Mark Twain, originally Samuel Clemens, was a very interesting and influential writer who changed modern literature in many ways. He wrote several books relating back to his own childhood and experiences. An extremely popular book written by him was The Adventures of Huckleberry Finn which is about a boy learning difficult life lessons and battling many different challenges which ultimately teaches about the issues of racism and the lack of education in Twain’s day.
Mark Twain had a very fascinating childhood that gave him a different look on life and all it has to offer. Mark Twain was born on November 30, 1835 in a village located in Florida, Missouri. His parents were John and Jane Clemens were both good people who made steady income but never reached the point of great wealth (biography.com/editors). His father was a judge and lawyer among other small jobs that were mostly meant to keep busy. His mother was a stay at home mom who was very nice and caring towards her children. Twain’s household was an extremely packed one with him having five other siblings. When Twain was four, his family moved to Hannibal where he started to experience society’s unfairness and indifference to others. Hannibal was right next to the Mississippi River, and Twain took great advantage of this by spending a majority of his time there, while wasting away the days. Living in Hannibal made Twain a very mature and hard person. When he was a boy he witnessed a cattle rancher and slave being murdered by a normal man and a slave owner (biography.com/editors).
Mark Twain did not have a very high degree of education mainly because he had to drop out of school at the age of twelve and start working to support his low income family. Mark began an apprenticeship at the Hannibal Courier as a printer. Next when Twain was fifteen he decided to be a printer and a writer for his brothers News Paper, “The Hannibal Western Union.” When Mark became a man, he got a job as a Mississippi River steamboat pilot, which was his idea of the perfect job. When Twain was still young, the civil war started and flipped his whole life upside down. Marks comfortable River life turned into him joining the confederate army for a few weeks before his group was discharged. When Twain wanted to start anew he decided to move to California to look for gold and silver. After his misfortune in looking for gold he went broke and had to find a way to make more money.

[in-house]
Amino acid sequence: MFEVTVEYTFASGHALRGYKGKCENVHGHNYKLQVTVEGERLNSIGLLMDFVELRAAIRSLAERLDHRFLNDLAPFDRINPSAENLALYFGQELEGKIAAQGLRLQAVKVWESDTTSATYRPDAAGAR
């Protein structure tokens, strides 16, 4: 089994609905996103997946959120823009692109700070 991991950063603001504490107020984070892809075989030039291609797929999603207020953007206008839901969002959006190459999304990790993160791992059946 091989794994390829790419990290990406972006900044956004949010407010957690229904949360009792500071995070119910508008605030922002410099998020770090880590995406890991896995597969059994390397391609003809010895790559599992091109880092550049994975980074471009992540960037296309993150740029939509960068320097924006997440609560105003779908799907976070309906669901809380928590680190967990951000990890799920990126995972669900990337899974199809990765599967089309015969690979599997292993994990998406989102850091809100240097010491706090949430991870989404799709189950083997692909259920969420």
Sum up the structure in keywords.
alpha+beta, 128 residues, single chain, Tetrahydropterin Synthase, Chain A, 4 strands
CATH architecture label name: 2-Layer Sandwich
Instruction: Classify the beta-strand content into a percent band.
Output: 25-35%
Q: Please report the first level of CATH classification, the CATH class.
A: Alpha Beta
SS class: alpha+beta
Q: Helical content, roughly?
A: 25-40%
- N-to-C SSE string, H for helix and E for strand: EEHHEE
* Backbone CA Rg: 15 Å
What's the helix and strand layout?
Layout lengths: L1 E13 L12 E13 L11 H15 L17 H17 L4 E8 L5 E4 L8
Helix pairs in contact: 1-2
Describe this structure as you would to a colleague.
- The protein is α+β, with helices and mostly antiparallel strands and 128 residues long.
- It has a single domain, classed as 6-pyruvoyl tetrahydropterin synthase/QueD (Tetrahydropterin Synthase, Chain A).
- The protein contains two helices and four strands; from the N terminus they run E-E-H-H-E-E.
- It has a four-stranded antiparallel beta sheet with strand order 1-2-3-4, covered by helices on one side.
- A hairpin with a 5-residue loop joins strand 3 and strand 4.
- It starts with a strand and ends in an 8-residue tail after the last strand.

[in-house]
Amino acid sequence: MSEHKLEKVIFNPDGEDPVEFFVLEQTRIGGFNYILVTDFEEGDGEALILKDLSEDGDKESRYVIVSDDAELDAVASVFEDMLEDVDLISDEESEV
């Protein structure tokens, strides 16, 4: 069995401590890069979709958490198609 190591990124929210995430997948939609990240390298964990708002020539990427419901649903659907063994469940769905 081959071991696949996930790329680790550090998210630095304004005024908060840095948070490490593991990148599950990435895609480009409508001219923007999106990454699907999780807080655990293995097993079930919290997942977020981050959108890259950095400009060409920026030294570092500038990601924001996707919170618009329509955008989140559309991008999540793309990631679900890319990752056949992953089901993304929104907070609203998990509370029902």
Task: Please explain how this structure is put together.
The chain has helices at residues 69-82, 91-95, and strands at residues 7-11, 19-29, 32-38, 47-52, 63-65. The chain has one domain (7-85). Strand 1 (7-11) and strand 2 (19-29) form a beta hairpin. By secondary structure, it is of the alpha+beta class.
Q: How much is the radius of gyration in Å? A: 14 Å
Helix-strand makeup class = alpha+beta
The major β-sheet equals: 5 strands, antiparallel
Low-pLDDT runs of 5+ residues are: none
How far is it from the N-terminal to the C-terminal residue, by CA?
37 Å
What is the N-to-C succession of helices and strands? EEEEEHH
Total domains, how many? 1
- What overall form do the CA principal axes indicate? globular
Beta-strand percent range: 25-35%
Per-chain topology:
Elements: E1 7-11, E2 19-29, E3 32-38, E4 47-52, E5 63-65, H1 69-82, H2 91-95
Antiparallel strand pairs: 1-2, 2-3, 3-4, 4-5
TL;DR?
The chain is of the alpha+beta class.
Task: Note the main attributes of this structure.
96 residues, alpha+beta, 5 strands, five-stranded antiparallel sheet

Twain’s career, as a writer, took a good amount of time to take off and actually catch grip in the literary world. When Twain started getting serious about writing he decided to work at a newspaper bureau as a sketcher, writer, and a comic. Most of his first stories had elements of humor, satire, and originality (biography.com/editors). Mark wasn’t very well known or admired until he wrote an article called, “Jim Smiley and His Jumping Frog,” which was sent to different bureaus around the United States. The Innocents Abroad was a book written by Twain, when he went on voyage over the ocean, that gave Americans a view of the entire outside world through his eyes. Through this book he was officially a well known author and literature enthusiasts were all waiting for his next piece to be published. His next piece, written in 1876, of literary gold was a book called The Adventures of Tom Sawyer. After this work Twain’s literary style was developed and he knew his true passion of writing was on the right track to success. Then books from the infamous Mark Twain were being written left and write leading to one of his most popular books, The Adventures of Huckleberry Finn.
Mark lived a simple life. He married a 24 year old wife, Olivia Langdon, at he age of 34. He had his financial ups and his downs but he always persevered through tough times and kept his passions close at heart. Twain has a very sad life that was haunted by all of the people in his family who had died. Not very long after Twain and Olivia has gotten married their first son Langdon, named after Olivia’s lineage, died of diphtheria. Later down the road his daughter Susy, died of spinal meningitis and the fact that this was his favorite daughter didn’t do anything but add more weight to his heart. When Twain’s wife died so did his want for writing: leaving unfinished pieces of literature, unaimed spouts of anger and rage, and depression covered in gambling and smoking.
Mark died a very lonely death with most of his family already gone and the distant ones out of his life. He died April 21, 1910, in Elmira New York.